Why Indigestion and heart Attack

A heart attack sometimes present like indigestion or heartburns for a couple of reasons.

First, the heart, lower oesophagus, and upper stomach are lying in a position of relatively close proximity.

Injury to the heart, with subsequent pain arising from it can thus be confused as due to pain arising from the stomach or lower oesophagus, just like a screaming call from your neighbour’s apartment may be mistaken to be coming out of your apartment by an unwary observer.

A second reason why abdominal pain and vomiting may occur following a heart attack, mimicking indigestion is that the heart and the stomach, as well as the lower oesophagus shares the same nerve supply called the vagus nerve.

During a heart attack, this nerve is often stimulated, and would lead to faint feeling, slowing of the heart, nausea, and vomiting.

A third reason for an “indigestion and heart attack” appearing to occur together is that the stress occurring with a heart attack may affect blood flow to the stomach. If this occurs, part of the lining of the stomach wall may be affected by this tress.

Having said the above, remember that heart attack could occur in many people, especially those with diabetics, without any symptoms or signs.



A Case Report

Mr Cooke is a 66 years old retired electrical engineer. He is known to suffer with high blood pressure and gout.

While lying on a sofa, watching a late night movie, he developed sudden onset upper abdominal pain. The pain is moderate in severity, describing it as 4 to 5 out of 10, assuming that 10 is the score for the most severe pain one could ever feel, and 0 is no pain.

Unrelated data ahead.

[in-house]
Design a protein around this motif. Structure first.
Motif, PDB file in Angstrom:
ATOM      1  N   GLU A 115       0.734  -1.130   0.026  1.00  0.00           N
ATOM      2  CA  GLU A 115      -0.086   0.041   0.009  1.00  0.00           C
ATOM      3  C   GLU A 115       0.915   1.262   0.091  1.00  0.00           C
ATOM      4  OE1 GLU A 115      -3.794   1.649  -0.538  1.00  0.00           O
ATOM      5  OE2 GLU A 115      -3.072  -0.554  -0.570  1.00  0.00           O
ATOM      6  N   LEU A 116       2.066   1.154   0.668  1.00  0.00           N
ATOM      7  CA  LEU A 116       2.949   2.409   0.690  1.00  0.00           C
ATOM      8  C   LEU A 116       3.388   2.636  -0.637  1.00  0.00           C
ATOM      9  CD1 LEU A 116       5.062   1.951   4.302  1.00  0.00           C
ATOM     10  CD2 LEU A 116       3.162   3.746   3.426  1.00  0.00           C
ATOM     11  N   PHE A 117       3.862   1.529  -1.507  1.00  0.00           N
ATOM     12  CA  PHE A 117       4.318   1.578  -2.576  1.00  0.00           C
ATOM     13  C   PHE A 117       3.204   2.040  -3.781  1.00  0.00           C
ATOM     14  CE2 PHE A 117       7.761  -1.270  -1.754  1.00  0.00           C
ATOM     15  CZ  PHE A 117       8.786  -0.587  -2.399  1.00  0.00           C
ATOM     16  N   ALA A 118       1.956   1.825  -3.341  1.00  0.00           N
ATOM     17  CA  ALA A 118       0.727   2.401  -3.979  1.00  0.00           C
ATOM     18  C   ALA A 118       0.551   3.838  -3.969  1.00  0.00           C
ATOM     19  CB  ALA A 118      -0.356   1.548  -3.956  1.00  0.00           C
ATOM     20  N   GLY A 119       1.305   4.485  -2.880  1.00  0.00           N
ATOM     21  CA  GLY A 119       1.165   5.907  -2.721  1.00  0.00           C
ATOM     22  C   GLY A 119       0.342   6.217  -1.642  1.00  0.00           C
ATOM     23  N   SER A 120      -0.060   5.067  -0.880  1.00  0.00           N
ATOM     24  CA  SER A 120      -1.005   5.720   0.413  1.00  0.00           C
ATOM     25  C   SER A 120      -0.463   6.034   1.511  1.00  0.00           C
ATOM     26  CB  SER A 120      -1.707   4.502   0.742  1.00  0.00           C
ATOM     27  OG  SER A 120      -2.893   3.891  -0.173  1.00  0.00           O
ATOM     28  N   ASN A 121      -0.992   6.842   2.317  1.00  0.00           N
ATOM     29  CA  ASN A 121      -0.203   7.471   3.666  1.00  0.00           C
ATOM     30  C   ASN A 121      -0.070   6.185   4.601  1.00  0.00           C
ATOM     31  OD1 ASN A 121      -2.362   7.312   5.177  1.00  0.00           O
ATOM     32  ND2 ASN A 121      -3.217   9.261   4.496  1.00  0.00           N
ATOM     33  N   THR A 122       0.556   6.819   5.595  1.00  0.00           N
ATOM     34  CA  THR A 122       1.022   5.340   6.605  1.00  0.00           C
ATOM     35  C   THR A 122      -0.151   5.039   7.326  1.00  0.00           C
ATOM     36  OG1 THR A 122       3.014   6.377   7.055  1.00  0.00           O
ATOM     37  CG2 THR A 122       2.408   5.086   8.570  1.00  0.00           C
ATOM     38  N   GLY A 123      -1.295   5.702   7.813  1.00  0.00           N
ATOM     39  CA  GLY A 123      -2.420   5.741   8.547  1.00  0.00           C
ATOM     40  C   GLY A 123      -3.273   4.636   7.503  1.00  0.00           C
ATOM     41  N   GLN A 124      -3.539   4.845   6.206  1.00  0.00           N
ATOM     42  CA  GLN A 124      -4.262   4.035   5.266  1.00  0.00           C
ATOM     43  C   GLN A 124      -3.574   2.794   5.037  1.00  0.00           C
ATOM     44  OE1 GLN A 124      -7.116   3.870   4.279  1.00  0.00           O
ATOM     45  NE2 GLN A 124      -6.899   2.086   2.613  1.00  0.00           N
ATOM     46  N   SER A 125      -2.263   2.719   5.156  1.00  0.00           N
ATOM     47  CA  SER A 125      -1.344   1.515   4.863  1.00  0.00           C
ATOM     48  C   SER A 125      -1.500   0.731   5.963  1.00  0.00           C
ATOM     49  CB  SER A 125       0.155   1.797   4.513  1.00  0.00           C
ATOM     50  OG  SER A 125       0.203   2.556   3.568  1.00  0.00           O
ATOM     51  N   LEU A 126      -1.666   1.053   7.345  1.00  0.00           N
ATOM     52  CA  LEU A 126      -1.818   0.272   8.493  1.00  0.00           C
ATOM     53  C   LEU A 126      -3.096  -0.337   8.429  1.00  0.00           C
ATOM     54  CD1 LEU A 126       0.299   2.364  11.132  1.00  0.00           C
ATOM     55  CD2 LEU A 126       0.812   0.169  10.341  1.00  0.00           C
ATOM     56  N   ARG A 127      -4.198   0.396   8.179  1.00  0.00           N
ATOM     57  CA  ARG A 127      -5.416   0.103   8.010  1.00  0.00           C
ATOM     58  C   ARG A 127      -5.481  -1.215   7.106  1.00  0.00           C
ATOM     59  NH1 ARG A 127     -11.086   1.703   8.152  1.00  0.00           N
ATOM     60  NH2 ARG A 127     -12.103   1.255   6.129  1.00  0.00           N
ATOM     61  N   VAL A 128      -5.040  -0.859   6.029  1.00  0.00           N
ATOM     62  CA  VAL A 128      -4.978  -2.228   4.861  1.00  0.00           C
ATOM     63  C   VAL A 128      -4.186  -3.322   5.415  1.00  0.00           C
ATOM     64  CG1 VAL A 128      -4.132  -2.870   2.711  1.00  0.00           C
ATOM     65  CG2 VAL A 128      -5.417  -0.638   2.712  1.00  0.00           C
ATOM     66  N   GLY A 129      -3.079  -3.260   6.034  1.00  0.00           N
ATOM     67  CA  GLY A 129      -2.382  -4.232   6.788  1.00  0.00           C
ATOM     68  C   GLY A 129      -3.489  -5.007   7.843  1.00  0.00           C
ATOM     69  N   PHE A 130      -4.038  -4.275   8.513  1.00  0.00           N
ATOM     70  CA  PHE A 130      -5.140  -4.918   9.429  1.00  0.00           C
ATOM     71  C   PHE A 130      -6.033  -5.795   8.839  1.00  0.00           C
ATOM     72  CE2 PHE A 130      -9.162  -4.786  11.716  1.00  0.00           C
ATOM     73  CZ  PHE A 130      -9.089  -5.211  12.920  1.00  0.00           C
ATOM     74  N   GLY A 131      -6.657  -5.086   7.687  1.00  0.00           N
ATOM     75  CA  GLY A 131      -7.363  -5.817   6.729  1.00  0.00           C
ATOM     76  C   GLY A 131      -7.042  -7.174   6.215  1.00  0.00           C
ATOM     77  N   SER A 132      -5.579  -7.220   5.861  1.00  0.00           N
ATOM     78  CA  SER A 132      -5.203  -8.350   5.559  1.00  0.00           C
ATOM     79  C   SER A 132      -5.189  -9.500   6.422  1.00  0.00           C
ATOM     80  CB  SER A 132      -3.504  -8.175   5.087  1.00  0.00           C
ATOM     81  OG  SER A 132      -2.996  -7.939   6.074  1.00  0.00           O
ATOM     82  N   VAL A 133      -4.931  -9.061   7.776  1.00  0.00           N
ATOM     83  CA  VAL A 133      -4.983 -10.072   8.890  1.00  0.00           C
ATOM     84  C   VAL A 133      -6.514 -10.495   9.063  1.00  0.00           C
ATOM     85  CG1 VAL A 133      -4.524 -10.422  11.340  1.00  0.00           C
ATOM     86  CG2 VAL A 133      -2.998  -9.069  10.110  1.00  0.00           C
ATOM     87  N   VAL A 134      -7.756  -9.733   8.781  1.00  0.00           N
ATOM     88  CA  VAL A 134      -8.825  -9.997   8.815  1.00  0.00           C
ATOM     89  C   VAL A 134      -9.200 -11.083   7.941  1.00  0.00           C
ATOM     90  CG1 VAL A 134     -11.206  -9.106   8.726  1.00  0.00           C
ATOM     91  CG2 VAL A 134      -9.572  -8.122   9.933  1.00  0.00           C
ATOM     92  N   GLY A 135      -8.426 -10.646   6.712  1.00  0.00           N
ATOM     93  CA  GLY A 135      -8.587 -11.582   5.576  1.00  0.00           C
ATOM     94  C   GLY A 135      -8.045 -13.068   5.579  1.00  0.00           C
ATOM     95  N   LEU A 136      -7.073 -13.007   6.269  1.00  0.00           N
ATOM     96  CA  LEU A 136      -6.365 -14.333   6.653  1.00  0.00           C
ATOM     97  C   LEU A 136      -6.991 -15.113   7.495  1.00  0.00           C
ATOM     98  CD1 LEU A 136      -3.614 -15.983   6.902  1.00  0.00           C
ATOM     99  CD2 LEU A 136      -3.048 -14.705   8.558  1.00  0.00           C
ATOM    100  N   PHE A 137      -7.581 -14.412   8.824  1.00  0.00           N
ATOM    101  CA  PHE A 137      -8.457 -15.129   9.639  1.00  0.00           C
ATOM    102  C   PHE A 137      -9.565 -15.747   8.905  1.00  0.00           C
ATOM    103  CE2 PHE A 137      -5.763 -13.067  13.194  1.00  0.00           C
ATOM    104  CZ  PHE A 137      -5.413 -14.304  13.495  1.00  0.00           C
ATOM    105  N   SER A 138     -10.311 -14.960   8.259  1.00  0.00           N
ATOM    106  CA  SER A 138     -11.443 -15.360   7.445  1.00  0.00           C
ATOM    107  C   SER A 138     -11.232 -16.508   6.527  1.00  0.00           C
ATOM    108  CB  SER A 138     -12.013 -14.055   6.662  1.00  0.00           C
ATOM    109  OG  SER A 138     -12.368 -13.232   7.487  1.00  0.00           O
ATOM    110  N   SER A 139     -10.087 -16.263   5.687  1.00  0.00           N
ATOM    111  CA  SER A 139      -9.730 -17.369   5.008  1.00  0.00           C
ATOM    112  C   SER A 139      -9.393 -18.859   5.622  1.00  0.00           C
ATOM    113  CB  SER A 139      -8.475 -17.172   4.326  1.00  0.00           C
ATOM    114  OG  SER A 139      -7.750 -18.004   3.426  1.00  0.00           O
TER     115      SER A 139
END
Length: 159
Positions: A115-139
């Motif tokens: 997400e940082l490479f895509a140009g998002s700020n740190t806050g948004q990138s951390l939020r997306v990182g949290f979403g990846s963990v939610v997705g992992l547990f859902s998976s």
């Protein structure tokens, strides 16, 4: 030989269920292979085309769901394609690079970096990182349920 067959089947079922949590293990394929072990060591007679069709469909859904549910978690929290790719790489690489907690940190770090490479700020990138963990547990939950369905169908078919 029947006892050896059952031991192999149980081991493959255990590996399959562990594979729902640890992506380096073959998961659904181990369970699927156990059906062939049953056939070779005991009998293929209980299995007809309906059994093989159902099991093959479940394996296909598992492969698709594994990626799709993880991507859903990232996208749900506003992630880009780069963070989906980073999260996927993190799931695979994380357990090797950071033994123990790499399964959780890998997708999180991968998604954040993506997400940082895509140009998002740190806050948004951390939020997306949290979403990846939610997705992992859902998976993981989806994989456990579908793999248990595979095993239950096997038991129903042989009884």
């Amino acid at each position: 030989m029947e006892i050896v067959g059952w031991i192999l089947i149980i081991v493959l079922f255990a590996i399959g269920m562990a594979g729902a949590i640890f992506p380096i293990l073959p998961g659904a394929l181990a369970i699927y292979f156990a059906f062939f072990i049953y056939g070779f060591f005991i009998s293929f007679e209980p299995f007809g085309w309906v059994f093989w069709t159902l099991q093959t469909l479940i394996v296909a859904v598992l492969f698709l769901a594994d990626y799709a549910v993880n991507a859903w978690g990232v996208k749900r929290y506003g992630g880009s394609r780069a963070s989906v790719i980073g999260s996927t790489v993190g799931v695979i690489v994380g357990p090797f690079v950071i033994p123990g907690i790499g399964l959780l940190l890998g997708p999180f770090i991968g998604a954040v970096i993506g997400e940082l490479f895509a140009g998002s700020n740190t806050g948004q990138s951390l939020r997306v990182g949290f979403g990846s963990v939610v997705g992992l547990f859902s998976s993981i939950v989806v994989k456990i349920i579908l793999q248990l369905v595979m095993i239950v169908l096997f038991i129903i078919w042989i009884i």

He felt like vomiting. He dismissed this as indigestion, and had a cup of tea to “wash down” the indigestion.

He went to bed. The pain woke him up at mid night, now 6 out of 10, spreading to the neck and jaw, and associated with vomiting. He was feeling cold, yet sweating, and felt dizzy.

Mrs Cooke called out an ambulance, and on arrival to the Emergency department of the local hospital, preliminary tests done showed that Mr Cooke have just had a massive heart attack.

He was admitted into the coronary care unit for three weeks, and discharged home after seven weeks in the hospital and two heart operations.

The doctors thought that Mr Cooke was extremely lucky to still be alive. So, if you suspect you may be having indigestion and heart attack, the right thing to do is to call the doctor immediately.

For more information on indigestion and heart attack, see here.


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The information presented on this site is strictly for educational purposes only. It by no means constitutes a recommendation of treatment or substitute for medical consultations.

Medical knowledge is dynamic. Whilst every care has been taken to ensure the accuracy and up-to- date-ness of the content of this site, abdopain.com or its owners or partners will not accept responsibility or liability of any sort for the use of information here-in in any manner.